As long as Gonesse bread is not lacking… the commotion will not be significant; but if two market days passed without Gonesse bread, the uprising would be universal; and it is impossible to calculate what this great multitude of Parisians would do, reduced to the last extremity, when it had to save itself and its children from starvation.
French dramatist Louis Sébastien Mercier wrote these words in the essay collection Tableau de Paris in 1783, merely six years before the fateful formation of the National Assembly that sparked the French Revolution. Coming from a man who was publicly optimistic about the peaceable nature of Parisians, this quote indicates a festering tension in 18th-century France’s food security, and echoes a sour sentiment shared by both Mercier’s contemporary Voltaire and ancient Roman satirist Juvenal: that the common people are satisfied by (or held at bay with) ‘panem et circenses’ - bread and entertainment.
The growing displeasure of France’s working class in pre-revolutionary times is easily understood. Imagine subsisting primarily on simple grain porridges and maslin, a coarse whole wheat or rye bread – even as you received word of lavish sixteen-course royal menus. Imagine spending over half your annual salary on that meager diet, barely managing to feed yourself and your family. Then imagine a failed harvest, rising grain prices set to keep rising through laissez-faire political edicts, and the hoarding of produce by the relatively affluent in place of relief for the famine-stricken. Little wonder, then, that the Old Regime of France experienced bread riots both in urban markets – decrying the lack of a sufficient grain supply – and in the form of an entrave, a form of rural protest involving the seizure of provisions before they left a community, allowing the populace to make use of the grain whilst setting their own prices. The taxation populaire was a structured extension of an entrave whereby citizens would seize either bread or produce, and then sell it in an orderly fashion, paying the owner of the goods the profits. The caveat was that they themselves set the ‘fair price’.
These were not isolated incidents, or the result of a single generation of food insecurity. France has a long history of food riots, stretching from close to a century before the French Revolution to the mid-1800s. In 1775, a food riot now known as the Flour War broke out across nearly the entire kingdom, marked by widespread looting of warehouses and bakeries in an atmosphere of conspiracy. Many of the stricken poor believed in the Pacte de Famine, the idea that the establishment was deliberately starving its citizens. Despite regulation of grain prices by erstwhile Finance Minister Jacques Turgot, public discontent continued to simmer, coming to a head in the famous October Days of 1789, when a crowd of nearly 30,000 marched on Versaille, their numbers dominated by politically-minded working women. They aimed to lead non-violent action to curb the grain and bread shortage in Parisian markets, amongst other political and economic ills. After a tense stand-off with the National Assembly, King Louis the XVI, and by some accounts, Marie Antoinette in her own chambers, the crowd retreated with ‘all the bread in Versailles’, and the assurance that their overlords would return to Paris and institute grain reforms.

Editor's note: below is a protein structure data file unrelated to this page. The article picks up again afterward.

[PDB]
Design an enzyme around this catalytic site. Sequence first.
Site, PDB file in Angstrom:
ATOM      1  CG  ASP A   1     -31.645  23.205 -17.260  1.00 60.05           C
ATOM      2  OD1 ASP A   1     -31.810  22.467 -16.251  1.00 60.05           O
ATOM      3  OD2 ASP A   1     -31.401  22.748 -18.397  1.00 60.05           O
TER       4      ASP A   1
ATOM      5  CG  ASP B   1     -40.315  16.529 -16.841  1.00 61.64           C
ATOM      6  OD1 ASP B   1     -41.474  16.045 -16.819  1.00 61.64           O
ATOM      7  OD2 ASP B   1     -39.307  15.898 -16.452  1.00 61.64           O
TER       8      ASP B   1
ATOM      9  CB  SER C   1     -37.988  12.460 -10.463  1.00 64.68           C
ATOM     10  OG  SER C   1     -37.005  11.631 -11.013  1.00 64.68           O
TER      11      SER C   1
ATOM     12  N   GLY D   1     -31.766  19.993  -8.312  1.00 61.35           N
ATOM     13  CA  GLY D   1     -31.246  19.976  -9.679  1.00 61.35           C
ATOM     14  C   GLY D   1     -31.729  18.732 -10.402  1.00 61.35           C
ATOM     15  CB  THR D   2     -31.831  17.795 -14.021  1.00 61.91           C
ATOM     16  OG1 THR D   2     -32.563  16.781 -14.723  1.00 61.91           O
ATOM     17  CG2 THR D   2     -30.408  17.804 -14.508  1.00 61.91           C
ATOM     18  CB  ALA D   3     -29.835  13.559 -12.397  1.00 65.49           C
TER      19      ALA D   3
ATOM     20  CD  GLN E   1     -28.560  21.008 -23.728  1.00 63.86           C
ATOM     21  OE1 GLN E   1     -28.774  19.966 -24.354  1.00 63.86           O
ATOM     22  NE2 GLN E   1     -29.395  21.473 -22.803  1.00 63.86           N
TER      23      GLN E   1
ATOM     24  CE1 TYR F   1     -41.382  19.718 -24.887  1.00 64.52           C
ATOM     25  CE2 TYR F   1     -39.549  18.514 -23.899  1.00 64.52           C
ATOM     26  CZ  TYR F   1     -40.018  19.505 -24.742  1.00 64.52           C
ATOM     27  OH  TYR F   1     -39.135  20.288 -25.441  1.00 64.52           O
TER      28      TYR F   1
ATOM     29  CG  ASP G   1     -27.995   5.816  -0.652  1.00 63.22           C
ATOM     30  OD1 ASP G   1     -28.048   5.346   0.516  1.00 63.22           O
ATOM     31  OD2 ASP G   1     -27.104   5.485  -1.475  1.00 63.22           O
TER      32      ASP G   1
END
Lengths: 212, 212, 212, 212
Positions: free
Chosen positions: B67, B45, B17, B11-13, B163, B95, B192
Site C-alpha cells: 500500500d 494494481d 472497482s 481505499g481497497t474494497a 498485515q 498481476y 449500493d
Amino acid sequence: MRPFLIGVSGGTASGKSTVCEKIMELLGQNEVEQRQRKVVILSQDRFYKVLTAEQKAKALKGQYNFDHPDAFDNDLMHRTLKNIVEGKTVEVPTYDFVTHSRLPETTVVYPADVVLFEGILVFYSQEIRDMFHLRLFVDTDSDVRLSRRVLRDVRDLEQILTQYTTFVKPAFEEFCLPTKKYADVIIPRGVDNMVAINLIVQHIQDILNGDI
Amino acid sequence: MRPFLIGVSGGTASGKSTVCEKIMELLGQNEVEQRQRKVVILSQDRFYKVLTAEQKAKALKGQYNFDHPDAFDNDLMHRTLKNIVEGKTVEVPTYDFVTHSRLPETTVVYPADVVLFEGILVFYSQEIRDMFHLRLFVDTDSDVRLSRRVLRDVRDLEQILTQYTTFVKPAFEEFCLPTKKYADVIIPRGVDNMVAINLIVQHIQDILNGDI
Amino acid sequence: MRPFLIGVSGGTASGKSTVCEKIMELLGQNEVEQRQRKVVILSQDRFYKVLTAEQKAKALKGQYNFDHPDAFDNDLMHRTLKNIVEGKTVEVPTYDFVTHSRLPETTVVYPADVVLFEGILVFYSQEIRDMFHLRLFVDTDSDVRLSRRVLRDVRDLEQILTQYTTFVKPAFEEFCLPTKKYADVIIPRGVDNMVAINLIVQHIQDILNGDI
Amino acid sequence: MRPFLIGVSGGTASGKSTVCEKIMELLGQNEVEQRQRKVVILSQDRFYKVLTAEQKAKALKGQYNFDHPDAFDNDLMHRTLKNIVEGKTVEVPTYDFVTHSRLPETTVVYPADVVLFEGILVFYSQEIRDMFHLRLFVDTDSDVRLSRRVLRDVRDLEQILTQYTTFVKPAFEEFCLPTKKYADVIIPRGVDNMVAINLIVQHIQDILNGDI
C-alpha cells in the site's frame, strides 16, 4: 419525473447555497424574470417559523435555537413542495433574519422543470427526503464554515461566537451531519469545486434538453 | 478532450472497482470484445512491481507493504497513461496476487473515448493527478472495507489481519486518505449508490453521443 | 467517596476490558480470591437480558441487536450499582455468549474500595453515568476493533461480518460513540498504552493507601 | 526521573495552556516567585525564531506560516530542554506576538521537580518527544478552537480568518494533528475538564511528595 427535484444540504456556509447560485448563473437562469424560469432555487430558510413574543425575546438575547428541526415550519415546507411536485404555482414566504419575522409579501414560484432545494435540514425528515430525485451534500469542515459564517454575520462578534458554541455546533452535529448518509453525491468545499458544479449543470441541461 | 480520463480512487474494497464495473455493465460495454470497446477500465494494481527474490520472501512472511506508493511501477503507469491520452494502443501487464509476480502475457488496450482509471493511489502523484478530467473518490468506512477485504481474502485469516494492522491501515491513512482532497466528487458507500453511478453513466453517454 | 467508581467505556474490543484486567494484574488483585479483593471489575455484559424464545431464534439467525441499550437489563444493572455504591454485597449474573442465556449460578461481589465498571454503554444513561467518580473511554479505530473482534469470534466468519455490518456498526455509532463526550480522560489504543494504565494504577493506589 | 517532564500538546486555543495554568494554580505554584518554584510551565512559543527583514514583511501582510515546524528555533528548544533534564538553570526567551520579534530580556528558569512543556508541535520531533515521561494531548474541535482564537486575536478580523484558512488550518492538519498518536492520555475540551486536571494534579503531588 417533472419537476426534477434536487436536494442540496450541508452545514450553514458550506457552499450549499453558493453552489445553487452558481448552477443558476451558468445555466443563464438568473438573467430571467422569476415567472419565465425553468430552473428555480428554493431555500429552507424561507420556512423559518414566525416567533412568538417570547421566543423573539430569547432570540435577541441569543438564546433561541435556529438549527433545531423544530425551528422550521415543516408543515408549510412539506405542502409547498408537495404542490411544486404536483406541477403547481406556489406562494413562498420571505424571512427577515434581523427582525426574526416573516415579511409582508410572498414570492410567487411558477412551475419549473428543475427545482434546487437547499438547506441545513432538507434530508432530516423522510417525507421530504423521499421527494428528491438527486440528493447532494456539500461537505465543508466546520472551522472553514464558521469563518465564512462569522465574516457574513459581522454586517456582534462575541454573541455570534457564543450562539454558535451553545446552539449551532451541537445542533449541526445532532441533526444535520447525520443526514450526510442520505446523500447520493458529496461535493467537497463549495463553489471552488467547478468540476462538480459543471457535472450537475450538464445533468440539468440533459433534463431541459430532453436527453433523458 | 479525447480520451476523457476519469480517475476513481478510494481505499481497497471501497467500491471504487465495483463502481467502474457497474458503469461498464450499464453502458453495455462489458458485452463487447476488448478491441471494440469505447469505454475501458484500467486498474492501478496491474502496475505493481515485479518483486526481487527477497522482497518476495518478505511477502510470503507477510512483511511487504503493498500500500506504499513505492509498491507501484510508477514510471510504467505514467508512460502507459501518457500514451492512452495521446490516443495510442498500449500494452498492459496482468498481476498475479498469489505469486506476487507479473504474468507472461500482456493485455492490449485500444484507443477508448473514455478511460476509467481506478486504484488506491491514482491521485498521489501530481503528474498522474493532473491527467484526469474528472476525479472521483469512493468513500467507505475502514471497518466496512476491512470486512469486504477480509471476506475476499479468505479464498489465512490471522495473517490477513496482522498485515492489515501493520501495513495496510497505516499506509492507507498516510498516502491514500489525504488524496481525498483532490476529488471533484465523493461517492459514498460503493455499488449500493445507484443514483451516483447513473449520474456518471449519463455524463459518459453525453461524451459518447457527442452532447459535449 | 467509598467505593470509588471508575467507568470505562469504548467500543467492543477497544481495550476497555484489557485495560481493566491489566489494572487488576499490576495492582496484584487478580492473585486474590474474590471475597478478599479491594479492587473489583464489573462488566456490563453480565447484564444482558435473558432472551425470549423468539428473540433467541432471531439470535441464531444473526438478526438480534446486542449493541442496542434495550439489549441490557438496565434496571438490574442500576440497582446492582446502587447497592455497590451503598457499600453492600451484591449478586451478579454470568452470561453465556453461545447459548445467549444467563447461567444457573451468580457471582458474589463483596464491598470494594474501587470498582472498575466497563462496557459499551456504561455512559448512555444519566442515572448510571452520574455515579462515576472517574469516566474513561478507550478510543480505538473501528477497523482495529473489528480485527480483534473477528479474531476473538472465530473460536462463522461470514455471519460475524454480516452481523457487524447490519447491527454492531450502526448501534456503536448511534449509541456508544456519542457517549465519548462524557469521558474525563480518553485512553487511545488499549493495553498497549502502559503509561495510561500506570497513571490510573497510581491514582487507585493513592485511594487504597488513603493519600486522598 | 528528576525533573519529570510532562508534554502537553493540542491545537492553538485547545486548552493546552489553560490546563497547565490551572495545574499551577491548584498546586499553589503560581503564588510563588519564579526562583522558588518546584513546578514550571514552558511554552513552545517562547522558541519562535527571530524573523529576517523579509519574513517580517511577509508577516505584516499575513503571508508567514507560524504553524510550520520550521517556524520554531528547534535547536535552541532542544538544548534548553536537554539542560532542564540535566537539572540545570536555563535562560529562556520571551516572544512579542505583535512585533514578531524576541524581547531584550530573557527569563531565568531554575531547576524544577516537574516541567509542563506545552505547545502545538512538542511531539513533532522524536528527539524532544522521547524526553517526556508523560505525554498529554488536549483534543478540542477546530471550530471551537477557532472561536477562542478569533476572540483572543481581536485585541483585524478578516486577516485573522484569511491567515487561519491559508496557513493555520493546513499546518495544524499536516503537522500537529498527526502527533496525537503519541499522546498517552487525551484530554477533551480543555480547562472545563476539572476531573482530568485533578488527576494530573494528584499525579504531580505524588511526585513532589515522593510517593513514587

Bread persists as a metaphor for a country’s financial health, and for its faith in its government. The staple also finds its way into the cultural artifacts of displaced or troubled populations. Take, for instance, the origin of crispy matzo crackers: outside of their numerous uses in comfort food, they are eaten during Passover to commemorate the exodus from Egypt. The Torah rules that celebrants must forgo any leavening, as the Jews would not have had the time or equipment to make risen bread as they fled Egypt. Thus, matza, the ‘bread of affliction’.
In a fascinating cultural exchange, during the British Mandate for Palestine between 1918 and 1948, imprisoned Palestinian men are said to have received coded messages from their wives in the form of modified Arabic songs designed to confuse the jailers. The connection to bread? These songs were sung to the Ritmo de Panaderas, the ‘rhythm of the bakers’, a folk beat developed in Spain to fine-tune and enliven the process of kneading dough.
More recently, in January 1977, innumerable working class Egyptians took to city streets in a vehement protest against the termination of state subsidies on staple foods such as flour, oil and rice. These riots came to be known as The Bread Intifada, and they targeted changes enacted on the advice of the World Bank and International Monetary Fund, causing the price of food to rise by up to 50%. The army intervened in the widespread protests, but Anwar Sadat’s government was eventually forced to rescind the economic changes, bringing the bread riots to an end.
BreadEx is in many ways a venture shaped by the pressures of the pandemic, food security chief among them. Our roots lay in a drive to fundraise and break bread together, to work toward widespread accessibility to healthy artisanal products, and to continually enshrine our local community. Running parallel to our acknowledgement of the crucial role bread played (and continues to play) in French history is an immense gratitude for our ability to serve the BreadEx family in DFW.
Perhaps when we take a bite of a gibassier this month, we’ll think on how a Parisian fisherwoman from the 1700s made that bite possible.
* Picture credit: The Bread Famine in 18th-century France. Christophel Fine Art/Universal Images Group/Getty Images